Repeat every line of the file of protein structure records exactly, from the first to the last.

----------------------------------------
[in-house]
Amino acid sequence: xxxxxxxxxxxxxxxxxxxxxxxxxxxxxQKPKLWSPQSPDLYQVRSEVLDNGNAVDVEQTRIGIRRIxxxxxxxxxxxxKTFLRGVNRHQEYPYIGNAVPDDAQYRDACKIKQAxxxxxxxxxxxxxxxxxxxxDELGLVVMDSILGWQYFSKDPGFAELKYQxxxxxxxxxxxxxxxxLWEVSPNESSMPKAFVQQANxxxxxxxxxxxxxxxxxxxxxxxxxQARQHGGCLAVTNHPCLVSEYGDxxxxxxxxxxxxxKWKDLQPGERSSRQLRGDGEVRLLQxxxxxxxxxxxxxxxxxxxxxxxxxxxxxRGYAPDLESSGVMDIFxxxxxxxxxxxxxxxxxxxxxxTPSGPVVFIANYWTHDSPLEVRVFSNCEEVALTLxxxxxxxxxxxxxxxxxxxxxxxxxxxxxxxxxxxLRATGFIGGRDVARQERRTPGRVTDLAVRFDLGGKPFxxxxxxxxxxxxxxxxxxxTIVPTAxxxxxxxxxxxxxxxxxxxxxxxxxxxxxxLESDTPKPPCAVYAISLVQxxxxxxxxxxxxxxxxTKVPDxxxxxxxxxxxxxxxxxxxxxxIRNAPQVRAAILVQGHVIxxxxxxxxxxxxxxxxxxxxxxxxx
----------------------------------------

[in-house]
Amino acid sequence: xxxxxxxxxxxxxxxxxxxxxxxxxxxxxQKPKLWSPQSPDLYQVRSEVLDNGNAVDVEQTRIGIRRIxxxxxxxxxxxxKTFLRGVNRHQEYPYIGNAVPDDAQYRDACKIKQAxxxxxxxxxxxxxxxxxxxxDELGLVVMDSILGWQYFSKDPGFAELKYQxxxxxxxxxxxxxxxxLWEVSPNESSMPKAFVQQANxxxxxxxxxxxxxxxxxxxxxxxxxQARQHGGCLAVTNHPCLVSEYGDxxxxxxxxxxxxxKWKDLQPGERSSRQLRGDGEVRLLQxxxxxxxxxxxxxxxxxxxxxxxxxxxxxRGYAPDLESSGVMDIFxxxxxxxxxxxxxxxxxxxxxxTPSGPVVFIANYWTHDSPLEVRVFSNCEEVALTLxxxxxxxxxxxxxxxxxxxxxxxxxxxxxxxxxxxLRATGFIGGRDVARQERRTPGRVTDLAVRFDLGGKPFxxxxxxxxxxxxxxxxxxxTIVPTAxxxxxxxxxxxxxxxxxxxxxxxxxxxxxxLESDTPKPPCAVYAISLVQxxxxxxxxxxxxxxxxTKVPDxxxxxxxxxxxxxxxxxxxxxxIRNAPQVRAAILVQGHVIxxxxxxxxxxxxxxxxxxxxxxxxx